Building with Habitat for Humanity in Portugal

portugal-habitat-for-humanity-group

Five Simpson Strong-Tie employees had the opportunity to participate in a week-long Habitat for Humanity build in the small town of Amarante, Portugal, in late April. The group was originally scheduled to work on a Habitat project in Nepal late last year as part of Habitat’s Jimmy and Rosalynn Carter Work Project (CWP), but following the signing of a new constitution and civil unrest in the country, the project was canceled.

The company decided to allocate the funds for the CWP to Habitat’s Global Village program, allowing these employees to help renovate and remodel the older home of a widowed mother (Doña Margarida Ribiero) and daughter (Sonia) living in the Portuguese countryside.

The group, along with five other volunteers from the U.S., ranging from 29 to 76 years in age, was the first to start work on the 30-plus-year-old home. Alan Hanson, one of the Simpson Strong-Tie participants, was asked to share his thoughts about the experience.

My journey to Portugal began with a one-week vacation in the country with my wife, Holli. We traveled from Lisbon to Sintra, and then to Porto, the capital of port wine. It was a wonderful way to get to know the country. We met a number of friendly, unreserved people throughout the area. Language wasn’t a real barrier, since many locals spoke English. We toured cities, beaches, castles, palaces and other points of interest.

Holli flew out Saturday morning, so fellow Simpson Strong-Tie employee Rick Reid and I explored Porto for the rest of the day. We took a tour of the city, tasted some port wine, and had great meals. We met the other employees from Simpson Strong-Tie (Desiree Aquino, Phil Taylor, and Doug Melcolm) that night and had a seafood dinner near the water.

Rick Reid (l) and Alan Hanson at the jobsite.

Rick Reid (l) and Alan Hanson at the jobsite.

On Sunday morning, we met the rest of the volunteers from the U.S. as well as Florbela, our Habitat for Humanity representative. We took the 45-minute trip to Amarante, the city where the build would take place and had the afternoon free to explore. We were all excited about getting started on the build!

On Monday morning, we were taken to a rural part of Amarante where we met Doña Margarida, the homeowner, and Rogerio, the Habitat for Humanity superintendent. The house was very old and in need of many renovations. It had been added onto several times and was not very functional. Our work would entail remodeling rooms (a bedroom would become a living room), creating a hallway where none existed, and creating more space throughout the home.

L to R: Phil Taylor, Doug Melcolm and Alan Hanson hard at work.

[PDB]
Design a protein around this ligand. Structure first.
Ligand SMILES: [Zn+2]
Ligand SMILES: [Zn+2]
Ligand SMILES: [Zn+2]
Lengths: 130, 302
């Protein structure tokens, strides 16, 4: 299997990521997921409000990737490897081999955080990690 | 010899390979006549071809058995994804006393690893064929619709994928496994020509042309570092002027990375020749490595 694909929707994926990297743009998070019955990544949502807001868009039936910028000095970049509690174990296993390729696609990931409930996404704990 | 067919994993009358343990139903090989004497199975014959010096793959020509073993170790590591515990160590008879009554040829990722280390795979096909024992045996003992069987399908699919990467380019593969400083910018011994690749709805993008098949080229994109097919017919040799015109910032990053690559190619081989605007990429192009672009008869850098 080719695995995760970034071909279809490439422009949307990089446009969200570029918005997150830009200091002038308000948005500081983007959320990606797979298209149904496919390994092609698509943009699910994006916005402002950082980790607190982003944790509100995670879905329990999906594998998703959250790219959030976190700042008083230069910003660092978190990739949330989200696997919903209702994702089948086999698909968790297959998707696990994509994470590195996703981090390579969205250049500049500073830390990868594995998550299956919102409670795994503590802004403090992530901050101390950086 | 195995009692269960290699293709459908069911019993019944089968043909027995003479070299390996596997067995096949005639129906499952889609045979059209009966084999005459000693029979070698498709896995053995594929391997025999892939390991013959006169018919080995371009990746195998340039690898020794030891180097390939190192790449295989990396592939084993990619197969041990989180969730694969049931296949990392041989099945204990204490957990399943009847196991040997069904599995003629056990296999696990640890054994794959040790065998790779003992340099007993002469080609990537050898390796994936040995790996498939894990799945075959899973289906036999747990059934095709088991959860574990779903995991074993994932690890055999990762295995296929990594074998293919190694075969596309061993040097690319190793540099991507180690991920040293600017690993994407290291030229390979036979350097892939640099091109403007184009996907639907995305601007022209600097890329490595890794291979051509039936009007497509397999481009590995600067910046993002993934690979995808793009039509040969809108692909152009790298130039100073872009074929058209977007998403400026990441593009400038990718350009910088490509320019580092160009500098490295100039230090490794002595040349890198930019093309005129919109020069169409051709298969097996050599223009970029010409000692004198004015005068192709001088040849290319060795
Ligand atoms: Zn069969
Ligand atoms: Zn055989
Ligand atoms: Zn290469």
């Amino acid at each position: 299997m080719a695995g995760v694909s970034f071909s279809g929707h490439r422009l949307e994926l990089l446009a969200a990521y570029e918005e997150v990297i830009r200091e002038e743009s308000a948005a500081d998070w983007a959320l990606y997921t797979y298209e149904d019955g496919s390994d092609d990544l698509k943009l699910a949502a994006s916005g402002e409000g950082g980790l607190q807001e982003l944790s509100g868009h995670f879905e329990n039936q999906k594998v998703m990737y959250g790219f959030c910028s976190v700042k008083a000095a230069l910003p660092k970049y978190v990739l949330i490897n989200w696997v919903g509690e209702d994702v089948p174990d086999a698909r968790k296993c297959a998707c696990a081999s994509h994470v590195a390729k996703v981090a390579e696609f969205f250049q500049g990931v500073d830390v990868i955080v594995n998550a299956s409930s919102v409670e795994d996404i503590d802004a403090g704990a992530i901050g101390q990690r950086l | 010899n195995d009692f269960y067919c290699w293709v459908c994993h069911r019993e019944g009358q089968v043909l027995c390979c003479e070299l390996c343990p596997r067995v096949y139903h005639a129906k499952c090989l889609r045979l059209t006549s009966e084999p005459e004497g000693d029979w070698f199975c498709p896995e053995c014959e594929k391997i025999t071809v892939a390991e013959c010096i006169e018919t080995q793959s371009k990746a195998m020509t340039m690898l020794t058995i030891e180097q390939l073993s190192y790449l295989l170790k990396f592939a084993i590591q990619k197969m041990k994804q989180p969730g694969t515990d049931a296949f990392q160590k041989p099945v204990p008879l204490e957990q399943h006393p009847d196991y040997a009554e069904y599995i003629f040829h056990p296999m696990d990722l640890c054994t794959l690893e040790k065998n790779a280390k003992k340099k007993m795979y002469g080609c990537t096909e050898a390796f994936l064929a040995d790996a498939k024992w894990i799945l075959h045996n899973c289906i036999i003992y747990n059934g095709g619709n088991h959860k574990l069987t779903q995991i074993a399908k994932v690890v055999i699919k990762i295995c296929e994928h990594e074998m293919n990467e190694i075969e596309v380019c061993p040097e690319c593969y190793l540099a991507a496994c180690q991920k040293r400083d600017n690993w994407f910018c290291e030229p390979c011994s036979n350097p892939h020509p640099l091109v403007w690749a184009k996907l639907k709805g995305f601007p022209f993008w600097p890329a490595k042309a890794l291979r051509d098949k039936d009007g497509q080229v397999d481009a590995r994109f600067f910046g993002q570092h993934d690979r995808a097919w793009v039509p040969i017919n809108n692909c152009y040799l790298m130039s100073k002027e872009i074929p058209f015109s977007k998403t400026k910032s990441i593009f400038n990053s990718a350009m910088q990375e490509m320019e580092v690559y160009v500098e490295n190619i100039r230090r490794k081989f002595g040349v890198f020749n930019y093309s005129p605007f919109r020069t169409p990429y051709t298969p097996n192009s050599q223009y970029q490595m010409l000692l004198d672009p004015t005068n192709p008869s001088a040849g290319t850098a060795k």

L to R: Phil Taylor, Doug Melcolm and Alan Hanson hard at work.

We hit the ground running, cutting two new doorways into the granite and block, leveling out the irregular floors, filling in doorways that could no longer be used, patching various holes and openings, digging a ditch for the waste lines, removing paint and concrete from the granite interiors, and making many other improvements to the home throughout the build week. As a thank you at the end of each day, Doña Margarida served  us homemade red and “green” wine (the vino verde is a lightly carbonated white wine — delicious) with smoked ham and sausage. Despite the language barrier (she didn’t speak English), we could see that she was very grateful for our hard work, and she many times worked alongside us.

Alan Hanson fills in a former doorway.

Alan Hanson fills in a former doorway.

On Thursday we had our R&R day. We traveled to Guimaraes, about 45 minutes away. We had the opportunity to tour the “birthplace of Portugal” castle and palace and learn a lot of early Portuguese history. Friday came very early and we were off to Doña Margarida’s house again. We tore out another wall, finished fixing a few more openings, patched various holes in walls and leveled another floor.

Our last day at Doña Margarida’s house was actually only half a day on Saturday. We laid block in the door we removed earlier, filled in the floor where we tore out the wall, and made finishing touches to the patching on the other doors we filled in, as well as the hole from the wood stove. We accomplished a TON of work in 4½ days! We were told that we had finished ahead of schedule and completed more projects than were expected. We all had lunch together, including the family. In true Simpson Strong-Tie fashion, we had gifts for the family and our superintendent. We gave Rogerio a Simpson Strong-Tie-branded knife and sweatshirt and Doña Margarida a comforter and a wooden bowl that Phil made. He is quite a craftsman and did a wonderful job on it! Tears were shed, and we loaded into the van for the last time in Amarante. I took a nap when we got in because I was exhausted!